By John Cressy
Serious illness hasn’t stopped Dylan Roslauski from playing goalie on his Newbury Park American Youth Soccer Organization team, the Piranhas. The 8-year-old cancer survivor has a passion for the sport.
Dylan also is an honorary member of the Kingsmen soccer team. At home games, he mingles with players during pregame warm-ups, high-fives starters as they’re introduced on the public address system, and fires up the huddle by leading the chant, “One, Two, Three – Kingsmen.” At practices, he keeps players loose with his impish antics and enthusiasm.
The unusual arrangement is the result of efforts by Robb Bolton ’96, a former Kingsmen soccer player and founder of the nonprofit Cancer Fit Inc. Dylan is one of the first participants in the organization’s MVP Sports Draft program, which matches childhood cancer survivors with a high school or college sports team for a season. “It’s really fun,” said Dylan, a young man of few words who added, when asked what he likes most about being a member of the team, “Everything!”
Bolton and his wife, Elle, both of whom are cancer survivors, started Cancer Fit Inc. this year to help adults and children bounce back physically from chemotherapy and radiation. MVP Sports Draft focuses on children in the first five years after treatment ends.
“We want to place kids in a positive supportive environment that takes them away from the world of cancer,” Bolton said. “The team supports the child and provides him camaraderie and mentoring, while the team also benefits by gaining a different perspective on what adversity really is.”
Without question, Dylan knows what adversity really is. When he was just 6, his parents, Rob and Christa Roslauski, noticed a bump on his head. They didn’t think much of it at first, but when the bump didn’t go away, they took him to the doctor. A biopsy and further tests revealed Dylan had B-cell lymphoblastic lymphoma, a rare type of cancer of immune cells that usually strikes children.
Dylan endured weekly chemotherapy treatments for the first 10 months following his diagnosis, causing his weight to drop from 60 to 45 pounds and sapping him of all his youthful energy. He underwent two years of chemotherapy in all, forcing him to miss third-grade classes at Maple Elementary School and do his lessons at home. He also lost his hair.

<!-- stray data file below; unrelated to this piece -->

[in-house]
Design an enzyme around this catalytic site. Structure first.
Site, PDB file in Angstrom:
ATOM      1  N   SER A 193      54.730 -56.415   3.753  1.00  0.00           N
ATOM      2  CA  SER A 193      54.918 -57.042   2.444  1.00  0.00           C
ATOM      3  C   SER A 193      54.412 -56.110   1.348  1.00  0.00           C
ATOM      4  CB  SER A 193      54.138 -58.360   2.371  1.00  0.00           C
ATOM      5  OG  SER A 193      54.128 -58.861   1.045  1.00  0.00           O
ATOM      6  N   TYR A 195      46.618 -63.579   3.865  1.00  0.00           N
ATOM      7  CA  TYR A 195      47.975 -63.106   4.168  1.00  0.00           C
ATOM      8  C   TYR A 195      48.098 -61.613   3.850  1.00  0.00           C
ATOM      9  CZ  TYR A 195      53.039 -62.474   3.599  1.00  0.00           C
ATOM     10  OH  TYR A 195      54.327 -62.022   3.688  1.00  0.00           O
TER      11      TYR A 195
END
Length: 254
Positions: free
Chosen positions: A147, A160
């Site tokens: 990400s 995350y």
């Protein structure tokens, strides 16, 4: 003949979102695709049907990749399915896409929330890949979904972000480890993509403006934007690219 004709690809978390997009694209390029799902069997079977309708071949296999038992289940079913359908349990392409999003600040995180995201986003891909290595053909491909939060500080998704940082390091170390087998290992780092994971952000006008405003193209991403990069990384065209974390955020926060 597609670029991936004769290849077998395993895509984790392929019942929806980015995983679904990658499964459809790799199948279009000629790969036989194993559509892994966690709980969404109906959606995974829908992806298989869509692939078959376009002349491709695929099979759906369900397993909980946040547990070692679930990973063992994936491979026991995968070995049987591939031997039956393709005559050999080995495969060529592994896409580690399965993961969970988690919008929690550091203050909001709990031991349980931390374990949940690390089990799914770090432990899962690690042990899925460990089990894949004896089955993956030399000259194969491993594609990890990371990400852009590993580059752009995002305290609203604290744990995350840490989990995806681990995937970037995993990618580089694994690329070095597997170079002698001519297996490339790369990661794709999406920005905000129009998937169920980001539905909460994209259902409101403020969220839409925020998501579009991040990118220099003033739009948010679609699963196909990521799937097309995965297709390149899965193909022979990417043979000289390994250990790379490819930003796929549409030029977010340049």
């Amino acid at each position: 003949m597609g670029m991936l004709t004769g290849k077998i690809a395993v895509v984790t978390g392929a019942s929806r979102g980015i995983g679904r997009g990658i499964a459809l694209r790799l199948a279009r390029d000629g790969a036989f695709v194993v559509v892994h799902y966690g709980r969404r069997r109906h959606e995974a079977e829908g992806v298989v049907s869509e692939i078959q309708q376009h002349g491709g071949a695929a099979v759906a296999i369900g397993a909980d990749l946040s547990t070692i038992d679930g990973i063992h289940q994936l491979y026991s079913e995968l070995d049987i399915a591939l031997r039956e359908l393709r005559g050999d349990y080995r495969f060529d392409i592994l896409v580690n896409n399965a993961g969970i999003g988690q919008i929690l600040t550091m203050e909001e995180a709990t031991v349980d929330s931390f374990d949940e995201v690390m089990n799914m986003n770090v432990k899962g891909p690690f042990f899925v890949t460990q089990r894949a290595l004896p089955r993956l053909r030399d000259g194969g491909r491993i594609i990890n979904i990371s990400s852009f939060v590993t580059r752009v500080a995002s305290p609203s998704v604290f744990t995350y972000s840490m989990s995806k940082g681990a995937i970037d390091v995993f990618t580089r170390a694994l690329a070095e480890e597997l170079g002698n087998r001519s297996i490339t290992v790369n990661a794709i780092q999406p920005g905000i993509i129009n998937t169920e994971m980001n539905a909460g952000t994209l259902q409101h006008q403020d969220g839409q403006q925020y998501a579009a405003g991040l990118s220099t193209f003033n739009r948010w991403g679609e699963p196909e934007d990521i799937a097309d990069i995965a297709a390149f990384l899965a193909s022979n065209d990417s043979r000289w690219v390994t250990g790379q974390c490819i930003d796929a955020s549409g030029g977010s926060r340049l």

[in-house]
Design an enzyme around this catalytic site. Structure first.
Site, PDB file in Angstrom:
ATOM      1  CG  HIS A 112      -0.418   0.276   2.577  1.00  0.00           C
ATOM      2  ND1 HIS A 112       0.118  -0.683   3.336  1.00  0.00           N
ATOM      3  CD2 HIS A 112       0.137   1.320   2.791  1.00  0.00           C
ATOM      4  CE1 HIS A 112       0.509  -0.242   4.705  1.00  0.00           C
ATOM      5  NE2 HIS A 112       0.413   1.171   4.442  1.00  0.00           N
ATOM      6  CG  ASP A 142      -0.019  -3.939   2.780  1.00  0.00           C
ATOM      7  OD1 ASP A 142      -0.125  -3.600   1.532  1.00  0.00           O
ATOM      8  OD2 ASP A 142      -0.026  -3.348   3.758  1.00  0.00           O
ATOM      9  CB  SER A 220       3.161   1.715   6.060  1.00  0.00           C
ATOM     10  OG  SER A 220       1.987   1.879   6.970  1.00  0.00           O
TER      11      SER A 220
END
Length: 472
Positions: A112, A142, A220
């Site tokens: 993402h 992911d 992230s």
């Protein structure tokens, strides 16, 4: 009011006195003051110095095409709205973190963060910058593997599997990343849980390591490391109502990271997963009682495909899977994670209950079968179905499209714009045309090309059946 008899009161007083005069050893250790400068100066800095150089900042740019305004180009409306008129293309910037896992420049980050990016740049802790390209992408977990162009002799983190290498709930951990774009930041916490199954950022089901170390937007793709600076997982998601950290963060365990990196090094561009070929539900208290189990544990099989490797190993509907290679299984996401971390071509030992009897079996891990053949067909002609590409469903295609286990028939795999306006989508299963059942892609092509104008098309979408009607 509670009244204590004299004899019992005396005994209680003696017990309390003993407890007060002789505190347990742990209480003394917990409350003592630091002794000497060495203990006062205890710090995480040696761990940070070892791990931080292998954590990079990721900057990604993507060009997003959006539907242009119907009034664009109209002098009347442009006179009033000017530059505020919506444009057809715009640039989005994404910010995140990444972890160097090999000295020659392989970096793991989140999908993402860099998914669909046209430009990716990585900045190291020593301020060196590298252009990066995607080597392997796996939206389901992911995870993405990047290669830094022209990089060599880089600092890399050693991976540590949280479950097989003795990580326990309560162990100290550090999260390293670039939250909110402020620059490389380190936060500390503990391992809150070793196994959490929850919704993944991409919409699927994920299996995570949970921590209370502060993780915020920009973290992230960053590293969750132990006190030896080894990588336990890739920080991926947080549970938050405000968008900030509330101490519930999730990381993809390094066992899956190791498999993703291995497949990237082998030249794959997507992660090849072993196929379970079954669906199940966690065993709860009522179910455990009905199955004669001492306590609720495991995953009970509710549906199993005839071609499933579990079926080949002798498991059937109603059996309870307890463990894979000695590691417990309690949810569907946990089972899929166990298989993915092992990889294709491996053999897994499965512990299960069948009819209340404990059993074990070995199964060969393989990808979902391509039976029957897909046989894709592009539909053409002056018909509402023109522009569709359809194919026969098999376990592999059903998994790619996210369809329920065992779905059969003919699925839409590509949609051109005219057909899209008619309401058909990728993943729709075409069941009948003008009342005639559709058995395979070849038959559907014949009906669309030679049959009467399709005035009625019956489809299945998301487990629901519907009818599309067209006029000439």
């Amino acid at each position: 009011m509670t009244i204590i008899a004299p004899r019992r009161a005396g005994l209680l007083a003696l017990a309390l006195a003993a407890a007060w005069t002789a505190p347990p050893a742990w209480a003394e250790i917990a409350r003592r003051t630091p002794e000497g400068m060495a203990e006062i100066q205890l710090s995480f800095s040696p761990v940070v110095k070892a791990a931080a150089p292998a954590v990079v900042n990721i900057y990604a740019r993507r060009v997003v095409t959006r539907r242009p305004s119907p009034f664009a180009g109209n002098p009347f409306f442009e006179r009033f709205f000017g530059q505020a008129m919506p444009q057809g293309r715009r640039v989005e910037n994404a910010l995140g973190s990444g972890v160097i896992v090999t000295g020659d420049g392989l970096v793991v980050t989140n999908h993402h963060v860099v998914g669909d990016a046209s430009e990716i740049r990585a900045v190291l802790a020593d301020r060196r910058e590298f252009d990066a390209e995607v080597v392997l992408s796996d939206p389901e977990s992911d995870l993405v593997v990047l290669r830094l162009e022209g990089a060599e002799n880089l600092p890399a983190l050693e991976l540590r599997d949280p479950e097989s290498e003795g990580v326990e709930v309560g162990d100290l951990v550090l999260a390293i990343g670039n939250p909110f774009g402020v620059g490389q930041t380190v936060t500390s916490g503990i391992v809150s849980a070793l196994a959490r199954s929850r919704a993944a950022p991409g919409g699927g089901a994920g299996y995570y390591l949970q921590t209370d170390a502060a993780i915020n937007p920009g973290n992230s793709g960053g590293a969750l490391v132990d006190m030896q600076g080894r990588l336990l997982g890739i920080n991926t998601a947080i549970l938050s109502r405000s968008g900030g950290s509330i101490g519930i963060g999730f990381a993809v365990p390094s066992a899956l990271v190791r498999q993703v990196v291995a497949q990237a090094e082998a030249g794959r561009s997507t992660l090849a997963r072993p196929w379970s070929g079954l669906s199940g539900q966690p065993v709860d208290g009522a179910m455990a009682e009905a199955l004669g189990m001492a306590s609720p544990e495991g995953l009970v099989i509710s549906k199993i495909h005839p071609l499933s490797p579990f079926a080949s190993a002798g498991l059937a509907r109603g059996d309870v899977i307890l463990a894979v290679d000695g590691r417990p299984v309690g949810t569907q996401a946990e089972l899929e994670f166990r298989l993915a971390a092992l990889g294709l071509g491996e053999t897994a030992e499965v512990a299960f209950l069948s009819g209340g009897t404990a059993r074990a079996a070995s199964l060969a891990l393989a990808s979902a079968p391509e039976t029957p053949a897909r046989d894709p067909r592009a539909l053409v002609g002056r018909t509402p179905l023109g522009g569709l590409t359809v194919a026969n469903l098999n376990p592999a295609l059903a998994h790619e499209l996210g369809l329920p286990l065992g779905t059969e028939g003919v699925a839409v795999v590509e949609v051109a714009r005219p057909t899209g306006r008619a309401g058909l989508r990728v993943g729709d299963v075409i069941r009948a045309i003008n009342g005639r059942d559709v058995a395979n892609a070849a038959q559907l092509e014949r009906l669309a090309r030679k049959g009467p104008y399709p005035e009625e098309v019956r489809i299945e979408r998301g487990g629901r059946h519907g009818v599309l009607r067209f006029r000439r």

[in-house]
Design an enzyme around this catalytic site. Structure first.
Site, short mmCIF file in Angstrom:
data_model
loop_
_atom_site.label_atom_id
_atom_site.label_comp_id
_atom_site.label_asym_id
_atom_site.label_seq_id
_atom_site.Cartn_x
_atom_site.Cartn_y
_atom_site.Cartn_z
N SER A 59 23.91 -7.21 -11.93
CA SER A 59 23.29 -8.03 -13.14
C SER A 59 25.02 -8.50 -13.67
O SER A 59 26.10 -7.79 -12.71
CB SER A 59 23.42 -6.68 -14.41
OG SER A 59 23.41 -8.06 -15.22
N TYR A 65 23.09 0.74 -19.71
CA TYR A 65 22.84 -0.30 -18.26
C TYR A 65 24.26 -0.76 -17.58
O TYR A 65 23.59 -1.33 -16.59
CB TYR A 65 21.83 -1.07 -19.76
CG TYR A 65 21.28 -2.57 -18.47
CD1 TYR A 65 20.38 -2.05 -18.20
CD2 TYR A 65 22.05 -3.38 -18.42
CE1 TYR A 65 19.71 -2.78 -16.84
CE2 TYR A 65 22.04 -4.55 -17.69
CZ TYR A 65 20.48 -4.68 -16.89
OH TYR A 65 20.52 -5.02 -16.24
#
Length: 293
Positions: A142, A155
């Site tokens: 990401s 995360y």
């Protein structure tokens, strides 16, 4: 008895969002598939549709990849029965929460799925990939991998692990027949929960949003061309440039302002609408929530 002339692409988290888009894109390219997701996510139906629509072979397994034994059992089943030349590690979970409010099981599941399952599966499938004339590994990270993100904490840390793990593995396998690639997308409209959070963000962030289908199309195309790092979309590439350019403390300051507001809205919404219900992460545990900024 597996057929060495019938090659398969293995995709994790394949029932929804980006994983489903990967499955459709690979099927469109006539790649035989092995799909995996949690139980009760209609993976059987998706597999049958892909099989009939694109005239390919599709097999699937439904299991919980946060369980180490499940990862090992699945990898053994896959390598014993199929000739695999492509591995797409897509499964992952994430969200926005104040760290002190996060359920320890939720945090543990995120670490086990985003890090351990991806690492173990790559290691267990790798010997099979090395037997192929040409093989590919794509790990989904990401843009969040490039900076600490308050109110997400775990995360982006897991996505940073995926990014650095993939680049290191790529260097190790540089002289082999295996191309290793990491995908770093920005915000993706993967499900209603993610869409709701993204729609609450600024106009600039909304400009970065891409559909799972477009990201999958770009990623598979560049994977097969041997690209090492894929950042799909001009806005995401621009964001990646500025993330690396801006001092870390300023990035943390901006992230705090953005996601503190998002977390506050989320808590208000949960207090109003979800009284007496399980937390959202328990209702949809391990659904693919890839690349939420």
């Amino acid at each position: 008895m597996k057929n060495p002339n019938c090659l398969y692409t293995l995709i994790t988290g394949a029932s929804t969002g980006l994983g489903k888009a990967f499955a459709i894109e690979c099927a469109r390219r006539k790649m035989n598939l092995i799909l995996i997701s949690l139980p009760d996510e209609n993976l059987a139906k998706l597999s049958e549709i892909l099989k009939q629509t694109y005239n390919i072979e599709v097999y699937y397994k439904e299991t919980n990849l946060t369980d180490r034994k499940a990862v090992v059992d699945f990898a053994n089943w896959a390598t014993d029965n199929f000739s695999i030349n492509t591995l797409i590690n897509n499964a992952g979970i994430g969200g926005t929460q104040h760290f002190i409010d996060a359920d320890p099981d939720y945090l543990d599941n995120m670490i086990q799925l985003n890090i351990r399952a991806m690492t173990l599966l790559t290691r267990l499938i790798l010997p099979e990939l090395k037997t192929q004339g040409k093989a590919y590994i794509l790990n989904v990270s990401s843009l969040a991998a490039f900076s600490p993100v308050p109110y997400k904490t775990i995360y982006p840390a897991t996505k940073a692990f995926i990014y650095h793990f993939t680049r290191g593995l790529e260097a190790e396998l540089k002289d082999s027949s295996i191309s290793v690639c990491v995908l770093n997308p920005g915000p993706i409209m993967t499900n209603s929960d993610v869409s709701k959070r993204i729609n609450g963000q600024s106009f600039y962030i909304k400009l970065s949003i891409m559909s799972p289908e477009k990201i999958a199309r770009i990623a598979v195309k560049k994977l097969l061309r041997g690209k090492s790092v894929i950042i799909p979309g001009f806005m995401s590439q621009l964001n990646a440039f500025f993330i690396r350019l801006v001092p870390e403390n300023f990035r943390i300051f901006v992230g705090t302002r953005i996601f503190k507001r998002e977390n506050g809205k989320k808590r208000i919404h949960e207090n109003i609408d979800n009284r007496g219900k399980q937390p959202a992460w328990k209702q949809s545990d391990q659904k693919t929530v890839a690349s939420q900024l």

The good news is Dylan’s cancer is in remission and he’s gained back his weight – and then some (in September, he scaled 75 pounds). His hair’s back, too, and he’s in school.
When Bolton broached the idea of Dylan’s joining the team, men’s soccer coach Dan Kuntz M.A. ’01, Ed.D. ’11, said he’d leave it up to his players. “I asked them what they thought about it, and they all raised their hands and said, ‘We’re in!’” Kuntz said. “They loved the idea.”
Dylan was introduced to the team and coaching staff at a Draft Day signing ceremony held at Rolland Stadium in August. He received a certificate and team photo signed by his teammates as well as goalie gloves signed by the goalies.
During practices, Dylan loves showing his “nutmeg” technique to unsuspecting Kingsmen players. That means he kicks a ball between their legs when they’re not looking. If he’s successful, the player is required to do 20 pushups.
“Yeah, I’ve been a victim. I think everyone on the team has been a victim and some have had it done to them a couple of times,” said team captain Alex Wardle, a defender who also serves as a liaison between the team and Dylan’s parents.
“Everything about Dylan being with us has been positive,” Wardle added. “His energy really brightens our mood.”
Dylan has joined his teammates for lunch on occasion, and he regularly shares Instagram photos with players and communicates with some of them on Facebook.
But he lives for game day. When Cal Lutheran opened the season by hosting the Kingsmen Kickoff Classic, Rob Roslauski said, Dylan was “all ready to go” at 3:30 p.m. for a 7:30 evening game. He wore the gold jersey given to him by Kingsmen players, with black shorts, orange shoes and green goalie gloves.
“We’ve definitely seen a change in his disposition since he began the program,” said Dylan’s mother. “He’s become more confident and his strength has increased a lot.” She added: “In a short period he has become more of a leader on his own team,” the Piranhas.
“It’s great to see how much Dylan is absorbing from our players,” said Kuntz, who as athletic director is interested in seeing the MVP Sports Draft program spread to more teams at Cal Lutheran. “I love it. I love the personal connection I’m seeing. And Dylan’s given them a whole new perspective on soccer – that this is a game, this is fun.”
John Cressy is a freelance writer who works in public relations for Whisenhunt Communications of Ventura and teaches writing skills to probation officers. He is a former staff writer, columnist and sports editor for the Ventura County Star.